Thrombocytopenia is a complication of cancer treatment that can limit dose intensity. Interleukin-11 (IL-11) is a growth factor that increases platelet production. We conducted a multicenter, randomized, placebo-controlled trial of recombinant human IL-11 (rhIL-11) in 93 patients with cancer who had already been transfused platelets for severe thrombocytopenia resulting from chemotherapy. The patients had received platelet transfusions for nadir platelet counts of ≤20,000/μL during the chemotherapy cycle immediately preceding study entry. Chemotherapy was continued during the study without dose reduction. Patients were randomized to receive placebo or rhIL-11 at 50 or 25 μg/kg subcutaneously once daily for 14 to 21 days beginning 1 day after chemotherapy. Eight of 27 (30%) evaluable patients treated with rhIL- 11 at a dose of 50 μg/kg did not require platelet transfusions versus 1 of 27 (4%) patients who received placebo (P < .05). Five of 28 (18%) patients treated with rhIL-11 at 25 μg/kg avoided platelet transfusions (P = .23). Side effects were fatigue and cardiovascular symptoms, including a low incidence of atrial arrhythmias and syncope. There were no differences among treatment groups in the incidence of neutropenic fever, days of hospitalization, or number of red blood cell transfusions. This study shows that rhIL-11 treatment at a dose of 50 μg/kg significantly increases the likelihood that patients who have already been transfused platelets for severe chemotherapy-induced thrombocytopenia will not require platelet transfusions during a subsequent chemotherapy cycle.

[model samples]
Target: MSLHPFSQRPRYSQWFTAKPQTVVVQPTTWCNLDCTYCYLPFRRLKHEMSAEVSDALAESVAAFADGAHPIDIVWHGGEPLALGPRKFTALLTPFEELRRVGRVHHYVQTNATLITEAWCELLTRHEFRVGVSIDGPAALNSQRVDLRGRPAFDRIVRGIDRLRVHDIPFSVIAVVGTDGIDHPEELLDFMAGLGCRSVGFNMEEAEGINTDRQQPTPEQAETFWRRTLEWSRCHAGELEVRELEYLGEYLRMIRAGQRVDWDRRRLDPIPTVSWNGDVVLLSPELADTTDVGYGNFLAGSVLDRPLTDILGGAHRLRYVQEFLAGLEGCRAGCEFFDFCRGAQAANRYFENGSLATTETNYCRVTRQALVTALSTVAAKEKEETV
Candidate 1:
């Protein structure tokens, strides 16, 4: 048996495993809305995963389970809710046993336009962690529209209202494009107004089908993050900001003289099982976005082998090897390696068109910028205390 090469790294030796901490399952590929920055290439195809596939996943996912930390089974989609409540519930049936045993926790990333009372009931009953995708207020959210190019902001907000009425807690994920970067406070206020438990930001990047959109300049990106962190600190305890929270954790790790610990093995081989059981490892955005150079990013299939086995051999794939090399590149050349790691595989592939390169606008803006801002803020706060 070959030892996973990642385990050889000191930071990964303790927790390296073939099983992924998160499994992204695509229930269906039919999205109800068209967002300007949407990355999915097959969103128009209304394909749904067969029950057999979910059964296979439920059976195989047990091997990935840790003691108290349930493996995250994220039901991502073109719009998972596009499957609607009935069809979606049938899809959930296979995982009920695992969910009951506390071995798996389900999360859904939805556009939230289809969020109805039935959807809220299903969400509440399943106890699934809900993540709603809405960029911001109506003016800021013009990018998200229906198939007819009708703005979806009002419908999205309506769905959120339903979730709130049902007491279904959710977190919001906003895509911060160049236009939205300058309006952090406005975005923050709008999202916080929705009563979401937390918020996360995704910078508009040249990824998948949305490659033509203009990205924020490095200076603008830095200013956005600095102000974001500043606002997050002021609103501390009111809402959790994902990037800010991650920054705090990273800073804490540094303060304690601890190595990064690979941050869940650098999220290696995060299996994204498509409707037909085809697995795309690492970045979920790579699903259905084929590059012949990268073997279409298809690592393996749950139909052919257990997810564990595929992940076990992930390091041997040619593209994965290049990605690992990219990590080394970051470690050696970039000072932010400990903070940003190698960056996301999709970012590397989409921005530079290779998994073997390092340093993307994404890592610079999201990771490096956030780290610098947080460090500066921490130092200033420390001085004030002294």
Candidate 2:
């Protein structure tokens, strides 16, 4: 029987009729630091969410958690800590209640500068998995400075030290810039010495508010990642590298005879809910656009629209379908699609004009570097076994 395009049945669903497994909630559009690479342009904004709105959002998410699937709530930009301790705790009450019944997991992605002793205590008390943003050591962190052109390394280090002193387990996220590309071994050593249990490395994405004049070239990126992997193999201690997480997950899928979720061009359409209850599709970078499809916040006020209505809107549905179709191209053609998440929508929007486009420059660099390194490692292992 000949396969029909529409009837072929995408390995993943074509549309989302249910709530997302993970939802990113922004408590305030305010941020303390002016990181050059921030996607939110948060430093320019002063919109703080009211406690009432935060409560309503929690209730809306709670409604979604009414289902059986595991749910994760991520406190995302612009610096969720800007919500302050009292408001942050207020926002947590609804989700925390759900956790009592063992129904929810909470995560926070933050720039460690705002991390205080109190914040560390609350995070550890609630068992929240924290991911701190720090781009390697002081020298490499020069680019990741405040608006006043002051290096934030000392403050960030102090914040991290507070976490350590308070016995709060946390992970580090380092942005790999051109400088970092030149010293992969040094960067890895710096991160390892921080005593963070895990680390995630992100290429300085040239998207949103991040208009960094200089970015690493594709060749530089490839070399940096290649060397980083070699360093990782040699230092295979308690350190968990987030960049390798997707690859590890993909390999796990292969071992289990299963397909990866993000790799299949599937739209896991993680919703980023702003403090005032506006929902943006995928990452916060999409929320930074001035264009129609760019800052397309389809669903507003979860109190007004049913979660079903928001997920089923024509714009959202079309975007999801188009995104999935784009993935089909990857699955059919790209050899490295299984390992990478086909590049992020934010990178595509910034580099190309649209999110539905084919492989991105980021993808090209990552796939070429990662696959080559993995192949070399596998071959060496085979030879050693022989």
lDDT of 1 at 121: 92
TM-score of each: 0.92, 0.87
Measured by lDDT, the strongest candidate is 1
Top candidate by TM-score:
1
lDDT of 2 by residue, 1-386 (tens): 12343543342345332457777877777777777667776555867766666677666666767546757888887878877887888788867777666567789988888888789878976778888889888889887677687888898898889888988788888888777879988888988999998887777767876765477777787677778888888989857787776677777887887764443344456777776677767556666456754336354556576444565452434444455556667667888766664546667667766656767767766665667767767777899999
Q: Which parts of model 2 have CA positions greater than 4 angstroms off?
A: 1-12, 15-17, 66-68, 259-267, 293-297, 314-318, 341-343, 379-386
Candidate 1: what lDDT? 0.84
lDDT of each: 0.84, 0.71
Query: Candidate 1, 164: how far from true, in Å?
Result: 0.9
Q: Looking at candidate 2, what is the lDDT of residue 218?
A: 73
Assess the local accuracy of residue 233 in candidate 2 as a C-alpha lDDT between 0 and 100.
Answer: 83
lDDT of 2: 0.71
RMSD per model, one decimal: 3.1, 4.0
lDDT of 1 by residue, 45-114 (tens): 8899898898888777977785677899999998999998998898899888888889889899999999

|Original language||English (US)|
|Number of pages||8|
|State||Published - May 1 1996|
ASJC Scopus subject areas
- Cell Biology